2023-2025 Northwest Division President-Elect Candidate
Isaac Robbins is in his 11th year of teaching choirs in the Post Falls School District in Post Falls, Idaho, and is currently serving as director of choral activities at Post Falls Middle School. During those eleven years, he has been tasked with building and developing the choral program from elementary to high school. Before teaching in Post Falls, he spent two years teaching K–12 music in Kansas where he was born and raised. Being a member of a very small high school growing up (45 students total) he found his love of music and teaching others by participating in both band and choir. After high school he spent three years at Fort Hays State University in Hays, Kansas, pursuing music education before transferring to the University of Idaho where he earned his music education degree with honors. Outside of the classroom, Isaac continues to pursue music professionally having performed with Opera Coeur d’Alene, Idaho Bach Festival, and Spokane Choral Artists, and he is currently a member of Male Ensemble Northwest for the past seven years.
What do you see as the major challenges facing music education during your term as president?
During my term, I think the biggest challenge will be keeping quality music educators in the field. With so many budget cuts lately due to COVID-19, many schools are faced with the difficult task of addressing budget cuts. With those cuts, music programs are usually the first thing to be cut either by reducing staff or completely cutting the music program altogether. I fear that if we do not remain active in keeping these programs alive, particularly in smaller school districts, students will miss out on a well-rounded education. Sadly, many schools are trying to keep music going, but cannot fully fund a certified teacher and are hiring paraprofessionals to supplement those positions. This leads to how, as an organization and individual educators, can we better serve those paraprofessionals to give all students the highest quality music education possible.
What do you see as the major challenges facing NAfME?
I think the biggest challenge is keeping NAfME memberships going during a difficult time of program and budget cuts. Amongst those challenges—how do we reach out to school districts who are utilizing paraprofessionals to teach in the music classroom to get those particular educators the best tools and resources for not only the students, but the educators as well. Many of the educators in the smaller school districts throughout each state are struggling to stay afloat, and I would love to find a way to reach out to those educators to let them know they are not alone and to keep pushing through because it does get better! My first two years of teaching I taught in a small school district in Kansas where I was the only music teacher for a district of 300 students. I struggled with not knowing what to do and how to get the students to participate in music events in and out of the regular school day. I was very fortunate to know a few of the seasoned educators in the area and was able to be successful during those first two years, but I definitely know that if it weren’t for their experience, knowledge, and encouragement, I am not sure I would still be teaching today.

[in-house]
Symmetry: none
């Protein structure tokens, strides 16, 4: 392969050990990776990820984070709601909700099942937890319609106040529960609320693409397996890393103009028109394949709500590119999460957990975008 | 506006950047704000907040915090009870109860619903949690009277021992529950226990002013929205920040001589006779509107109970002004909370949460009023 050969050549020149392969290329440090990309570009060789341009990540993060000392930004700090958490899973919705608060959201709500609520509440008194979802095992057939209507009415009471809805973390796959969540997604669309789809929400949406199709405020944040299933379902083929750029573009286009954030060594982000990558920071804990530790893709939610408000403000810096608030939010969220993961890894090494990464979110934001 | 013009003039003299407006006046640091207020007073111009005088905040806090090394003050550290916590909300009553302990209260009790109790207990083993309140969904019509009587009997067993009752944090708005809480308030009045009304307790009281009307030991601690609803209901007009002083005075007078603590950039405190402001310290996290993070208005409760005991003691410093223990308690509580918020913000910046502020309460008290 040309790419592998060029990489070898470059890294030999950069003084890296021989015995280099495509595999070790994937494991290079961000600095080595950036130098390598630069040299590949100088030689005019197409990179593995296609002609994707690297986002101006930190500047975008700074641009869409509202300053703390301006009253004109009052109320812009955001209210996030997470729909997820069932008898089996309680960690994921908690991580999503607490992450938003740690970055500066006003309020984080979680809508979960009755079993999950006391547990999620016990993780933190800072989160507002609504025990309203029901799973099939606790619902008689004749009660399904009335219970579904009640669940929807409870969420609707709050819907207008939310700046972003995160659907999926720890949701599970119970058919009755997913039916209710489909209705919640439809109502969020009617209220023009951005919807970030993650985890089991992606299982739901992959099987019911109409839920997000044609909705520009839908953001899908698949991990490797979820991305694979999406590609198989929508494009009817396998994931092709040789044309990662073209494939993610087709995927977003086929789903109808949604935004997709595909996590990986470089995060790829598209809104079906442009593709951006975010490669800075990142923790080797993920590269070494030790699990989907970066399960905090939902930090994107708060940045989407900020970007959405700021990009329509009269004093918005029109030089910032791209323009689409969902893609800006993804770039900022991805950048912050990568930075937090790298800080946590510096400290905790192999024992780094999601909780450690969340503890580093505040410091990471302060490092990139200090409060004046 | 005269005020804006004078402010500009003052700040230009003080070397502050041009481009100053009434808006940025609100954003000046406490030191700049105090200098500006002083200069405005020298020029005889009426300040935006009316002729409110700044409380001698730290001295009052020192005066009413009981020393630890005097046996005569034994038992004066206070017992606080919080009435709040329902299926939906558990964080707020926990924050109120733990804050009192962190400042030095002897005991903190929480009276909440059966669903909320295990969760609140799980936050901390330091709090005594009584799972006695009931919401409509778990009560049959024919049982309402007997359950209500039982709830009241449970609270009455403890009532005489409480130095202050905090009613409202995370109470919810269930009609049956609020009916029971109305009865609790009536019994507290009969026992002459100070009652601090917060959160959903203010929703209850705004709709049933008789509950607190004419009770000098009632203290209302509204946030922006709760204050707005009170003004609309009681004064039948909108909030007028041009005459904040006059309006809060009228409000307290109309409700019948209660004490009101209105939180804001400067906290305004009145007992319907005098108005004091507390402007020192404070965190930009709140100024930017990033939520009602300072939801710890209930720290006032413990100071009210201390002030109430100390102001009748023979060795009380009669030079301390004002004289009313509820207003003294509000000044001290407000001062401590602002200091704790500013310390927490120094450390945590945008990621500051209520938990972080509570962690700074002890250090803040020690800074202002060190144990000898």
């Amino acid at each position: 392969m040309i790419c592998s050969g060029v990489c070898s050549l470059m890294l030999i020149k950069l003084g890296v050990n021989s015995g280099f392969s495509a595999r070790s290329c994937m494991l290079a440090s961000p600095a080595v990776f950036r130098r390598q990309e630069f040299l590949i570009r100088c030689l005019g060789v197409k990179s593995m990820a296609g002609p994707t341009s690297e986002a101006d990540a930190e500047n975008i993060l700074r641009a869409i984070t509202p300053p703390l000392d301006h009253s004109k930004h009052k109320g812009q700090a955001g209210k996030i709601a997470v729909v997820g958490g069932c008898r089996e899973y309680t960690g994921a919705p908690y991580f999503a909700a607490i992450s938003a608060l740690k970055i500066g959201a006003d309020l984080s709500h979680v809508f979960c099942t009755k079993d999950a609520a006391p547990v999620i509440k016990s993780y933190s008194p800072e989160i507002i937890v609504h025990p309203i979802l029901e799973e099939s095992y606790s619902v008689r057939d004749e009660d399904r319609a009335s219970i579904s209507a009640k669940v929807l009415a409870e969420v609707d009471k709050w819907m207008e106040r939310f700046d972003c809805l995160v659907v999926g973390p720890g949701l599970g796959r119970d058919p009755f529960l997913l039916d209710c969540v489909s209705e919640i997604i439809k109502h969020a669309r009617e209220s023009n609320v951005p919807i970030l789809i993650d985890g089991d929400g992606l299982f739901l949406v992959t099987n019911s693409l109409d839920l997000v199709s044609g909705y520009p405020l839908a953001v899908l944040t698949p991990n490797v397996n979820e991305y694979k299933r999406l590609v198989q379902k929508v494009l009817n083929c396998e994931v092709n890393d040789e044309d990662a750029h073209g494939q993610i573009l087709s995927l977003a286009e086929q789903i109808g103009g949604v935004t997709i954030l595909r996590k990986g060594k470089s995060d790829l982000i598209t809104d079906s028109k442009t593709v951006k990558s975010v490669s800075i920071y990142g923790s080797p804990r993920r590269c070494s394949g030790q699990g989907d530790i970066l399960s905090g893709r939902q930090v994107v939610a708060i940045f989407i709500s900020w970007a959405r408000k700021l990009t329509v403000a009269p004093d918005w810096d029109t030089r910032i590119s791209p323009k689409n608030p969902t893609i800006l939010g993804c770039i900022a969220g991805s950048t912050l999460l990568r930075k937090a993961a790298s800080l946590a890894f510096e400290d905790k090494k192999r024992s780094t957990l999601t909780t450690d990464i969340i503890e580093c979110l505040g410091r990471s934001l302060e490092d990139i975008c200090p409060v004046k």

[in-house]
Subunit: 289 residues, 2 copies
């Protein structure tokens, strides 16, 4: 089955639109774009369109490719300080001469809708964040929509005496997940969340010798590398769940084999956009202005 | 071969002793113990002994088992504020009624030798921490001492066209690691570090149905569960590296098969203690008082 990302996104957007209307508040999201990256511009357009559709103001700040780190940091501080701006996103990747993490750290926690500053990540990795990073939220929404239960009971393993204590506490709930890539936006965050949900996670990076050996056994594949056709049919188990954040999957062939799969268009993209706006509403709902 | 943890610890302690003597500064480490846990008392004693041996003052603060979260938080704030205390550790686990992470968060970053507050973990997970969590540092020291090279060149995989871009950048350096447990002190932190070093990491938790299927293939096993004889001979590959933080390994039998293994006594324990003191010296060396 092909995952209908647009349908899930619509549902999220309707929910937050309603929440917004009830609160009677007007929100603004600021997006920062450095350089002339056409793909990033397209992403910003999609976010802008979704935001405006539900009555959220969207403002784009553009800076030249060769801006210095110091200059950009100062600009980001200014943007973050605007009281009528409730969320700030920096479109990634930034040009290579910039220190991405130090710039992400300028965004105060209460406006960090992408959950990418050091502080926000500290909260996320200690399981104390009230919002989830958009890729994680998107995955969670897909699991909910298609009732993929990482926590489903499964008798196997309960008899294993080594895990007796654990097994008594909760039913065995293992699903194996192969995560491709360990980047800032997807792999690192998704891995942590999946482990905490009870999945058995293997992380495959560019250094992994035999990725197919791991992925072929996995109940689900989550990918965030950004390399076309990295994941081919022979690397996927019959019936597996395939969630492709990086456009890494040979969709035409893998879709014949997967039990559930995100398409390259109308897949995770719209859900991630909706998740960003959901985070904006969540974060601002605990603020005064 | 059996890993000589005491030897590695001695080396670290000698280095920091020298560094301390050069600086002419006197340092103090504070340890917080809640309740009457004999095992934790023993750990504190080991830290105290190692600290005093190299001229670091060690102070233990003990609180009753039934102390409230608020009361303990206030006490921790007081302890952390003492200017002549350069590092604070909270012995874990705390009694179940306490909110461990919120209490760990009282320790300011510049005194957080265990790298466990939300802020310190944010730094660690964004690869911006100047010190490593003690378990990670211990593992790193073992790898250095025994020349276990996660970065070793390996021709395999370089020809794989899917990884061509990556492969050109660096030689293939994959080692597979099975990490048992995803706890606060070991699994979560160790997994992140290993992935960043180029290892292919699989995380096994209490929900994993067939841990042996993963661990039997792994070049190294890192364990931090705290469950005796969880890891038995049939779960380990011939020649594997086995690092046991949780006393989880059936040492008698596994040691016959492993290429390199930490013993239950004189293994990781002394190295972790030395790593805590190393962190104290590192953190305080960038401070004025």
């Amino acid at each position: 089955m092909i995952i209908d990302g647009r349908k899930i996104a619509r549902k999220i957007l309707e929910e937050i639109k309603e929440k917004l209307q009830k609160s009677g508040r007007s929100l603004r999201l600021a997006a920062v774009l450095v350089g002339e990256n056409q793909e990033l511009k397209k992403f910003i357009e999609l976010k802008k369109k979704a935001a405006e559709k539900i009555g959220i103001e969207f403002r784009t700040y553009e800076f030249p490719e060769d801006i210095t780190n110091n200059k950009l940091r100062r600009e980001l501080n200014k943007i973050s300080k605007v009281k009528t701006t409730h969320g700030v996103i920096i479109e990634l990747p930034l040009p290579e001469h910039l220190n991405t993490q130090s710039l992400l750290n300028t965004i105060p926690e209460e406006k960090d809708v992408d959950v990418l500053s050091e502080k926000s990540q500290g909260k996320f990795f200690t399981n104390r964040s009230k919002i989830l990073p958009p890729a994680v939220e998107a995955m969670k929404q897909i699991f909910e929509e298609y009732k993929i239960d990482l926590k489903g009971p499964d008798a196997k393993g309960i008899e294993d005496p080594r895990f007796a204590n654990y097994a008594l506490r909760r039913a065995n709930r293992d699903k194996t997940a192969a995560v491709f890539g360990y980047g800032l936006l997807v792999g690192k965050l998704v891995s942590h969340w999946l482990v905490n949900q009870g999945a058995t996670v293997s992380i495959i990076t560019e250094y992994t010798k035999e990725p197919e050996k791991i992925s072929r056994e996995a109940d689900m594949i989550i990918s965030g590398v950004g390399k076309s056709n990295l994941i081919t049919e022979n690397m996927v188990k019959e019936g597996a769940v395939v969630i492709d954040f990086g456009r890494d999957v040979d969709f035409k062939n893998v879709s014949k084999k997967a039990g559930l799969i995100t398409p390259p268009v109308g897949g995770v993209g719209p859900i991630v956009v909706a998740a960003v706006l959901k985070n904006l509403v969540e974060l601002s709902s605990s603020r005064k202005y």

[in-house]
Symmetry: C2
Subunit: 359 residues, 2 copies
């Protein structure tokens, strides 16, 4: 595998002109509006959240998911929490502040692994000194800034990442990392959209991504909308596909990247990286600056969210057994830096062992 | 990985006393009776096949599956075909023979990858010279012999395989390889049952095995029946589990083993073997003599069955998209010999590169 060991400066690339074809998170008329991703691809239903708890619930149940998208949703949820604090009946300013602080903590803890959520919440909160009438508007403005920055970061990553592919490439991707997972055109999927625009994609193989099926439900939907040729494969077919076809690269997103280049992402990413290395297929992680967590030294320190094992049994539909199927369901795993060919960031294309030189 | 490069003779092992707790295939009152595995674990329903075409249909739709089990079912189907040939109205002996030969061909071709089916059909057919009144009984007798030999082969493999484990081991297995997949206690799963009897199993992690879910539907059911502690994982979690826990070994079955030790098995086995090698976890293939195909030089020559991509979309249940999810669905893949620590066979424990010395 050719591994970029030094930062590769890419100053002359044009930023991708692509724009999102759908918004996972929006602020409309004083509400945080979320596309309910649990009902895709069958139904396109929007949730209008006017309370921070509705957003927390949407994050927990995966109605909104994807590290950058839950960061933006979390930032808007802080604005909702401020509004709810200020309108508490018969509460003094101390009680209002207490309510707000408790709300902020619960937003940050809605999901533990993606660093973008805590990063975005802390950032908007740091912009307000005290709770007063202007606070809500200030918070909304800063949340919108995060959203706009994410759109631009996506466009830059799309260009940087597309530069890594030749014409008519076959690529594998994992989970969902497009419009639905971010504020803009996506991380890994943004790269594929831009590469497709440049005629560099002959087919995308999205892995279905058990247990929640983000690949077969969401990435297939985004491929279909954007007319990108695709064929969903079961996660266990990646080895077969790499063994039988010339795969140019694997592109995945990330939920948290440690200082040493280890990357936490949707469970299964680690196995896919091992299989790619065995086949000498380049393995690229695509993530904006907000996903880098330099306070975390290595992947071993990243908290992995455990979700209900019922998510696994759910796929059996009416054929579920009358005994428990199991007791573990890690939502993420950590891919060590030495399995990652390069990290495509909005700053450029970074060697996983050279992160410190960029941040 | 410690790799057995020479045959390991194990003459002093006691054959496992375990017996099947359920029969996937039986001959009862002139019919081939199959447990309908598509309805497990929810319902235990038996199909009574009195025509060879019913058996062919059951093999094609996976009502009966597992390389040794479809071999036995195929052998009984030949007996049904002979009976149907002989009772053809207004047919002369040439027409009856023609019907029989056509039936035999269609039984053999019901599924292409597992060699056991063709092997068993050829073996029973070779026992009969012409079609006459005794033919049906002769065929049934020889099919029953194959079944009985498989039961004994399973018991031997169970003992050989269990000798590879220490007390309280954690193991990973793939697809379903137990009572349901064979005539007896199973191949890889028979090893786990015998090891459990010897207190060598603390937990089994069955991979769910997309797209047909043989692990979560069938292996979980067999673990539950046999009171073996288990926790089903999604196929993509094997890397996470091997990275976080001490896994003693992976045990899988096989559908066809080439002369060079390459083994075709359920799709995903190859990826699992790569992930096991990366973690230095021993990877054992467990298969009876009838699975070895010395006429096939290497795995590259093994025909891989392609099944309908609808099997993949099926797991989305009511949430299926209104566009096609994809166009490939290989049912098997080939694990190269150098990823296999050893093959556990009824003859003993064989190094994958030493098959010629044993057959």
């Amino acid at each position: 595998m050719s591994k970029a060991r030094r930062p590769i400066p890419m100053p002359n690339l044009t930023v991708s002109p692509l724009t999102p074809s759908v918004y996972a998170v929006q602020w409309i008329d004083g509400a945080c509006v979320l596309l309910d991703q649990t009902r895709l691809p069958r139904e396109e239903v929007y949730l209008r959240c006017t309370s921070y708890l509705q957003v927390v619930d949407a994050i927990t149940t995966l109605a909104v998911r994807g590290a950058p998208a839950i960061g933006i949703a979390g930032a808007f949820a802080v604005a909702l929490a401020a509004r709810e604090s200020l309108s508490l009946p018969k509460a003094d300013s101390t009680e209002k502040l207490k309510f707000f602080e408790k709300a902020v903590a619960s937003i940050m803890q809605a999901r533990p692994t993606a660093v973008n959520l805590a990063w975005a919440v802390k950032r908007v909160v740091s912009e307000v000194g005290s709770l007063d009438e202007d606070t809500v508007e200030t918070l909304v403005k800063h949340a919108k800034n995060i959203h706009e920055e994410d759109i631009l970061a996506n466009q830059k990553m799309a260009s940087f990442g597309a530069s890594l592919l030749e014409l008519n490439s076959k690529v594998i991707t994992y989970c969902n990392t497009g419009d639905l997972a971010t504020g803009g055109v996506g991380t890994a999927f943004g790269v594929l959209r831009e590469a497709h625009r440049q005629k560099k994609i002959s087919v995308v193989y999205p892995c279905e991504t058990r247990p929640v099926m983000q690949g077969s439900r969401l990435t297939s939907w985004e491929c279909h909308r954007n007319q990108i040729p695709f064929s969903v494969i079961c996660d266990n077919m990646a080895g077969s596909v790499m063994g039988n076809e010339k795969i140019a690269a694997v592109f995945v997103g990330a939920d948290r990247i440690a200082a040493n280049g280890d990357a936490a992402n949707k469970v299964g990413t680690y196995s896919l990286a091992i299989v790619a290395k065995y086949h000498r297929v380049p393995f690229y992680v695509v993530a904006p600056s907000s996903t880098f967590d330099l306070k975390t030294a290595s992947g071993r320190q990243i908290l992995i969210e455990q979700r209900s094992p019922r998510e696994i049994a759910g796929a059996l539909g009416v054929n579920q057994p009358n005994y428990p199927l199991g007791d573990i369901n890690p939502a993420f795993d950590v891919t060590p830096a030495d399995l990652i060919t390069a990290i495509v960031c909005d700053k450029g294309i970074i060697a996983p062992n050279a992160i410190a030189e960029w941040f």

How should our Association respond to these challenges?
I would love to see NAfME provide a platform for educators who are not certified and need to find tips and tools to help in the classroom as well as ways for others to connect for advice. I would also advocate for a mentorship program where experienced certified educators help newbies who might be struggling, thereby building a stronger music education community for all. I would like to explore how to provide free or low-cost professional workshops specifically geared toward educators who are not certified in music education and ways to help get those paraprofessionals and non-certified educators closer to certification. Finally, I would love to find a way to create an application process and program for school districts without a music program to apply for a grant through NAfME to help provide funding for certified music educators to be placed back in their schools. This would be a great way to build and strengthen the relationships between music education and district administration/school board members. In doing this, we can uphold to the NAfME motto of “I am NAfME, You are NAfME, WE are NAfME”!